|Dynamical downscaling of unforced interannual sea-level variability in the North-West European shelf seas|Tinker, J.; Palmer, M.D.; Copsey, D.; Howard, T.; Lowe, J.A.; Hermans, T.H.J. (2020). Dynamical downscaling of unforced interannual sea-level variability in the North-West European shelf seas. Clim. Dyn. 55(7-8): 2207-2236. https://dx.doi.org/10.1007/s00382-020-05378-0
In: Climate Dynamics. Springer: Berlin; Heidelberg. ISSN 0930-7575; e-ISSN 1432-0894, meer
Regional sea-level variability; Northwest European shelf seas; Dynamic downscaling; Unforced climate variability; Present-day control simulation
|Auteurs|| || Top |
- Tinker, J.
- Palmer, M.D.
- Copsey, D.
- Howard, T.
- Lowe, J.A.
- Hermans, T.H.J., meer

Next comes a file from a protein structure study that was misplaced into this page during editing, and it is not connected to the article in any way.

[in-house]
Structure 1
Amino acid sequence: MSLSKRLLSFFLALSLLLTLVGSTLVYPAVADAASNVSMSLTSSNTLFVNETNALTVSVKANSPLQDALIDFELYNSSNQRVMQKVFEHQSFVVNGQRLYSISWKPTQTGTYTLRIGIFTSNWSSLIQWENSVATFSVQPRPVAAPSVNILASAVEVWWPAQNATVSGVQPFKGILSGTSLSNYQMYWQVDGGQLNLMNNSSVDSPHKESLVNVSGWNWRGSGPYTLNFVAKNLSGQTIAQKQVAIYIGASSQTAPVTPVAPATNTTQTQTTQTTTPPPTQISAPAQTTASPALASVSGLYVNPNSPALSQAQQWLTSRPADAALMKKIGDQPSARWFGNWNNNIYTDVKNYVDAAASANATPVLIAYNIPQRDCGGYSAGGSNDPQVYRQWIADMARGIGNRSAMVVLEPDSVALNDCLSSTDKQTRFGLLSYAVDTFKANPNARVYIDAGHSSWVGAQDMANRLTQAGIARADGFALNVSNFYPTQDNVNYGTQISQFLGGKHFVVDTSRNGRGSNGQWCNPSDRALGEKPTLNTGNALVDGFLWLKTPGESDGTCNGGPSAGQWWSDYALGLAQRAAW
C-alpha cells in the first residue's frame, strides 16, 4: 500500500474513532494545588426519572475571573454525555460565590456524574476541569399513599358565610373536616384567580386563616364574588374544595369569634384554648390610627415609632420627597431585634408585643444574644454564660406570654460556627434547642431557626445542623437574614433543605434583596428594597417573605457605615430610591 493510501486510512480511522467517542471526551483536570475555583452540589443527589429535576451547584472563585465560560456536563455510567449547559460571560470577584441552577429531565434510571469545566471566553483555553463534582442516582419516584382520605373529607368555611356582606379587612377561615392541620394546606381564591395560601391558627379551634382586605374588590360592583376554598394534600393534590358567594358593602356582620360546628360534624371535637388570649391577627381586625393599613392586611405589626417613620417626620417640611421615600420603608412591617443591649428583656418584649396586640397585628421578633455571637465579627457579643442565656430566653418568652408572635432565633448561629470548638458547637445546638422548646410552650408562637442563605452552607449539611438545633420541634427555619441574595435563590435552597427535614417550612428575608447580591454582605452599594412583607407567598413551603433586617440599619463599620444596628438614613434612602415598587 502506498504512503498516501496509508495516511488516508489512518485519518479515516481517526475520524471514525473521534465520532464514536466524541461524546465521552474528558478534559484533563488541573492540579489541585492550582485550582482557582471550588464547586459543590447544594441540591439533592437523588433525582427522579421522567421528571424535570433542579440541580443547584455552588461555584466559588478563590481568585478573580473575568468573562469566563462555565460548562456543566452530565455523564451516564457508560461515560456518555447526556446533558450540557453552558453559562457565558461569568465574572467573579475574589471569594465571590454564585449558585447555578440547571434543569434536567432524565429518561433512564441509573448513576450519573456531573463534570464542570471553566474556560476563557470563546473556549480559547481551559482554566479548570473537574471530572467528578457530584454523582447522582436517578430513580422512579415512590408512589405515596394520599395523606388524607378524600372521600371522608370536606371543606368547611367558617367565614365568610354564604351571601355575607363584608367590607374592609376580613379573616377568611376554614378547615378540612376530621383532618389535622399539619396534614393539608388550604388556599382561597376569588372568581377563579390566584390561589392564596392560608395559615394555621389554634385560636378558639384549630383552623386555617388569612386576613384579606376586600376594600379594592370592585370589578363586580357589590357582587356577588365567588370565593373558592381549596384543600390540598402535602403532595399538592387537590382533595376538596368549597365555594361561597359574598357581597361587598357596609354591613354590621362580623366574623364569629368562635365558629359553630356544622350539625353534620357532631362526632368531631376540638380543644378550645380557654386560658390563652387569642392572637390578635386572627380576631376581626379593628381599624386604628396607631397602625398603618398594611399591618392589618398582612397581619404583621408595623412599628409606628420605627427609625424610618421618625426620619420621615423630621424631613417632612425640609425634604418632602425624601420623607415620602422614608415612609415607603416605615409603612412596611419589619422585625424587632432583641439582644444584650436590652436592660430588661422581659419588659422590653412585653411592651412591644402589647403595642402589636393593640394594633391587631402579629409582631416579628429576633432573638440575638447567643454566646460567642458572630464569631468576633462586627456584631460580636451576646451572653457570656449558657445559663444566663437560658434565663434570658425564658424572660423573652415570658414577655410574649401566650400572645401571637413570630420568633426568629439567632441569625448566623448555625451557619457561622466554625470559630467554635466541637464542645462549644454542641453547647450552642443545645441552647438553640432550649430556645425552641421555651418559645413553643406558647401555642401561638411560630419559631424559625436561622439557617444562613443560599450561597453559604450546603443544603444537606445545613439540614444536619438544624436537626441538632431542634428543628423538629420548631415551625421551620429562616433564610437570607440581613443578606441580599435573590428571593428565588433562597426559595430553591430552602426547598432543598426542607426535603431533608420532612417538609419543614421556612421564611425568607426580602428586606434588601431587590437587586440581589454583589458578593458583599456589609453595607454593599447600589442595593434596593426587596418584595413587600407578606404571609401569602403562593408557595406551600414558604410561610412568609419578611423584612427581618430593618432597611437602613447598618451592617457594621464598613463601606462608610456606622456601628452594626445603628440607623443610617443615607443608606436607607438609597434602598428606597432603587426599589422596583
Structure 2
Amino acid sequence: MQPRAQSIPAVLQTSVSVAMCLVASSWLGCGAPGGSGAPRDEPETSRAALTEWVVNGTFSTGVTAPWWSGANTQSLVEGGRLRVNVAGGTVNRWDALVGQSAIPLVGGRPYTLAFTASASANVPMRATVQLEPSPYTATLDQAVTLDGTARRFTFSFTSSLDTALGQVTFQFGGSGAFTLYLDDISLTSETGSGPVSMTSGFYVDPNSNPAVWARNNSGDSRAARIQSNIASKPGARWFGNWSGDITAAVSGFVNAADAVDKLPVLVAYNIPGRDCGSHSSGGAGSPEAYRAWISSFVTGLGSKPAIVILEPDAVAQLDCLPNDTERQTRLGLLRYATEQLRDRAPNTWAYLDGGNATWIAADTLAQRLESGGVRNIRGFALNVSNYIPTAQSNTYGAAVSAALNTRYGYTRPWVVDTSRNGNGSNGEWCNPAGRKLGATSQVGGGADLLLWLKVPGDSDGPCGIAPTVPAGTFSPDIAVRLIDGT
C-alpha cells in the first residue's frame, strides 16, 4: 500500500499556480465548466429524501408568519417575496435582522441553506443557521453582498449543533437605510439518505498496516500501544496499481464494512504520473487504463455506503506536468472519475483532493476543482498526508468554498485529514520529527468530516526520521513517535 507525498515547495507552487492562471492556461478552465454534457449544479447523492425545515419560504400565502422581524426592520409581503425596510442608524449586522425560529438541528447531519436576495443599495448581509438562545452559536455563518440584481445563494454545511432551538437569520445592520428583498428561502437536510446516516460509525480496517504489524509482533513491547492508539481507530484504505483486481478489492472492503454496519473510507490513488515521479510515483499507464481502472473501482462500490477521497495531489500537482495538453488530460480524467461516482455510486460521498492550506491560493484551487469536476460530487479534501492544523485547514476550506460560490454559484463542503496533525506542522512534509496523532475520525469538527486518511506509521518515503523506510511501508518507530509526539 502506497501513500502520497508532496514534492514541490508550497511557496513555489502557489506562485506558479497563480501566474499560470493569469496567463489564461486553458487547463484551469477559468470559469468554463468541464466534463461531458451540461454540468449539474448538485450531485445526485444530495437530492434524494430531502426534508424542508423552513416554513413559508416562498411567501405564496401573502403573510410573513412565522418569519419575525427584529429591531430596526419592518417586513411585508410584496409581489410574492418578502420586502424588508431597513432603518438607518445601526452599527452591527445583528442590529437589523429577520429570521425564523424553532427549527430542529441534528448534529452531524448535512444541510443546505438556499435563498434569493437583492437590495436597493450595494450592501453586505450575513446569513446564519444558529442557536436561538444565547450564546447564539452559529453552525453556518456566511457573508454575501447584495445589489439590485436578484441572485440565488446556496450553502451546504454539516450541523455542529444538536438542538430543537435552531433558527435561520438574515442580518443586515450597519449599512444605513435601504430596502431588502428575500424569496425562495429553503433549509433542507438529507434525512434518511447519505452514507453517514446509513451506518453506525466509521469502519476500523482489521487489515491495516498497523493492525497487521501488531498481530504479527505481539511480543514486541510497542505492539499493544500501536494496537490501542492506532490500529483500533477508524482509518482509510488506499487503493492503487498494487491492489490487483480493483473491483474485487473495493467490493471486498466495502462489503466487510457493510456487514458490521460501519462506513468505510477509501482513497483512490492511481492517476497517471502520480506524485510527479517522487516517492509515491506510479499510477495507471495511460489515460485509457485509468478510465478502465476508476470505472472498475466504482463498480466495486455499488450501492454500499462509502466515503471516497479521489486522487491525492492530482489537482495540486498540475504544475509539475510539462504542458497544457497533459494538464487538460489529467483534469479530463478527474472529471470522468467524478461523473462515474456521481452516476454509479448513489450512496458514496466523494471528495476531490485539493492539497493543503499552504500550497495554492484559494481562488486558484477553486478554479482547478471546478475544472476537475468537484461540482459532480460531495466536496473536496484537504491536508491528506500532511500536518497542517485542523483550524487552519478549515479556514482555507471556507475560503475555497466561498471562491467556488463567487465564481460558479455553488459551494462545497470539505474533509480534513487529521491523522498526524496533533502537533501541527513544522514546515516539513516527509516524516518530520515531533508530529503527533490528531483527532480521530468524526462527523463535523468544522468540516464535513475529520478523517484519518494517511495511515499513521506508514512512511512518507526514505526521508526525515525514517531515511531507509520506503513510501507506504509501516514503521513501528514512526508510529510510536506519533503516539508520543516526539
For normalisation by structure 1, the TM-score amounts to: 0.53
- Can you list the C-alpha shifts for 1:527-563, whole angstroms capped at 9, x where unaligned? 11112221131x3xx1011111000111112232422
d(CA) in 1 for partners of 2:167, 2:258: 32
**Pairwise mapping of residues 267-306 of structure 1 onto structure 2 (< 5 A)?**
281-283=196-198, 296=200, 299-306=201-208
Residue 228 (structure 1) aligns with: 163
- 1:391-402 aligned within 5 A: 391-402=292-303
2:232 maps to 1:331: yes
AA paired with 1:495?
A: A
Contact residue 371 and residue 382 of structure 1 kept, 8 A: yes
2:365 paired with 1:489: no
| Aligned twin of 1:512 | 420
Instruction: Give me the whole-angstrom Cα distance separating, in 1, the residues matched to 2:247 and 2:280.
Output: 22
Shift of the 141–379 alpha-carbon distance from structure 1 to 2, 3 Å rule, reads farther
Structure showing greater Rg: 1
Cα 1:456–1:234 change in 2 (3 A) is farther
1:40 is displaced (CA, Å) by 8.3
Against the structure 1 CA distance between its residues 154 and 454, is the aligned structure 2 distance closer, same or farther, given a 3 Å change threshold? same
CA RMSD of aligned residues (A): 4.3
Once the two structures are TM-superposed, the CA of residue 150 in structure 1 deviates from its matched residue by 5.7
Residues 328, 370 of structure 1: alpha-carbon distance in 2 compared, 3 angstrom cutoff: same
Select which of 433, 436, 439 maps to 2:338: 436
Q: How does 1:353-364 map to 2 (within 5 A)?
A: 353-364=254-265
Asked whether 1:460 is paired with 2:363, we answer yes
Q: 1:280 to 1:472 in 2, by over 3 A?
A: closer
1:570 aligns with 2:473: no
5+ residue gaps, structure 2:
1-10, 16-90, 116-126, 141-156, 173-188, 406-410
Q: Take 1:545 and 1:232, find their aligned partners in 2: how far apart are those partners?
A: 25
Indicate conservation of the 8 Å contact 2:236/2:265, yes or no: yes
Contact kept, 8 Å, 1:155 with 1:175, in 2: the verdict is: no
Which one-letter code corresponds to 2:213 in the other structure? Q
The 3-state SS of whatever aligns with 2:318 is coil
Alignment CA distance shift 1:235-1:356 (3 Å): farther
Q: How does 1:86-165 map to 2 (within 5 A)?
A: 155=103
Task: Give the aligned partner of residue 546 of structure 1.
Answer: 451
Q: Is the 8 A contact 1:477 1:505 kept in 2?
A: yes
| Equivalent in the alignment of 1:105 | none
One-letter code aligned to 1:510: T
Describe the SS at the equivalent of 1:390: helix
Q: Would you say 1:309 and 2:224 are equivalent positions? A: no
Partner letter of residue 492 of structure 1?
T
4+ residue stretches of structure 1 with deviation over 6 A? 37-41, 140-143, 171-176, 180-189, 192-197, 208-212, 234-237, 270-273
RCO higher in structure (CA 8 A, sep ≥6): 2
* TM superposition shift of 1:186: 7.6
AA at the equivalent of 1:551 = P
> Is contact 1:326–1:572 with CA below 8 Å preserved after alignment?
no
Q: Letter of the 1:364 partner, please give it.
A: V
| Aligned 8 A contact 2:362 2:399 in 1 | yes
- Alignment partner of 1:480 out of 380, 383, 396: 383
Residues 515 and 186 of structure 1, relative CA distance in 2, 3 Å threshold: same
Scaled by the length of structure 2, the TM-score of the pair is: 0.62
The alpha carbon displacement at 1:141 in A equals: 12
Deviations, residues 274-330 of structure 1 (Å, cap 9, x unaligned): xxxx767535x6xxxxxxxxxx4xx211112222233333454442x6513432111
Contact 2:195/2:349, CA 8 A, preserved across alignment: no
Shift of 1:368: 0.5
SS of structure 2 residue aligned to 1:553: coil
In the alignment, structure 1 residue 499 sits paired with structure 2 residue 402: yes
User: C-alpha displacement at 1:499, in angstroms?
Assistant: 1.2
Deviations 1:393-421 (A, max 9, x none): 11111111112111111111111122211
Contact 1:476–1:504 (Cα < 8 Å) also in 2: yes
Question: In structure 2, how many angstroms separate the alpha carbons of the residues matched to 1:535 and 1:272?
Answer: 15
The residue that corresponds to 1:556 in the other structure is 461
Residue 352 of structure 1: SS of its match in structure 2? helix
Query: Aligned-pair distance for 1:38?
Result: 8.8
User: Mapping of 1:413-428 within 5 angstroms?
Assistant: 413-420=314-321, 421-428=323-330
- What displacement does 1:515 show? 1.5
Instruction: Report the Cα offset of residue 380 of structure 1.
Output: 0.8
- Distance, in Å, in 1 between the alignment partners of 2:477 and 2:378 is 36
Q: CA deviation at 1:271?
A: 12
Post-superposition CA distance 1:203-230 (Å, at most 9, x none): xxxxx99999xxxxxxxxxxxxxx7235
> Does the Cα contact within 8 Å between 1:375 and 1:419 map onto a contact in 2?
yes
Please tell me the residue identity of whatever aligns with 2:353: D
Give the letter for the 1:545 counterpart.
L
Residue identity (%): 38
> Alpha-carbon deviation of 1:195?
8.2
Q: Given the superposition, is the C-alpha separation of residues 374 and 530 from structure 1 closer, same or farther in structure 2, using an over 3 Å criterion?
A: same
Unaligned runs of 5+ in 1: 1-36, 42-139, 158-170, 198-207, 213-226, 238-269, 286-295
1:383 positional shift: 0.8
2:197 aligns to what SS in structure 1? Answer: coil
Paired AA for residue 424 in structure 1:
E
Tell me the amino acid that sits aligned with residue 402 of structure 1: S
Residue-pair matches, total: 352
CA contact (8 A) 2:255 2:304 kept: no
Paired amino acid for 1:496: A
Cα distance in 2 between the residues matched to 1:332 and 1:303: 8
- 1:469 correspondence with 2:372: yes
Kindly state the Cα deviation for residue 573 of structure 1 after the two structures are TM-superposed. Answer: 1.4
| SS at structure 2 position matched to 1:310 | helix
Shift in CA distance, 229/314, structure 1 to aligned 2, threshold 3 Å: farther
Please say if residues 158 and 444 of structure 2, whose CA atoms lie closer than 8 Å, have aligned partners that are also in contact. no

Variability of Sea-Surface Height (SSH) from ocean dynamic processes is an important component of sea-level change. In this study we dynamically downscale a present-day control simulation of a climate model to replicate sea-level variability in the Northwest European shelf seas. The simulation can reproduce many characteristics of sea-level variability exhibited in tide gauge and satellite altimeter observations. We examine the roles of lateral ocean boundary conditions and surface atmospheric forcings in determining the sea-level variability in the model interior using sensitivity experiments. Variability in the oceanic boundary conditions leads to uniform sea-level variations across the shelf. Atmospheric variability leads to spatial SSH variability with a greater mean amplitude. We separate the SSH variability into a uniform loading term (change in shelf volume with no change in distribution), and a spatial redistribution term (with no volume change). The shelf loading variance accounted for 80% of the shelf mean total variance, but this drops to ~ 60% around Scotland and in the southeast North Sea. We analyse our modelled variability to provide a useful context to coastal planners and managers. Our 200-year simulation allows the distribution of the unforced trends (over 4–21 year) of sea-level changes to be quantified. We found that the 95th percentile change over a 4-year period can lead to coastal sea-level changes of ~ 58 mm, which must be considered when using smooth sea level projections. We also found that simulated coastal SSH variations have long correlation length-scales, suggesting that observations of interannual sea-level variability from tide gauges are typically representative of > 200 km of the adjacent coast. This helps guide the use of tide gauge variability estimates.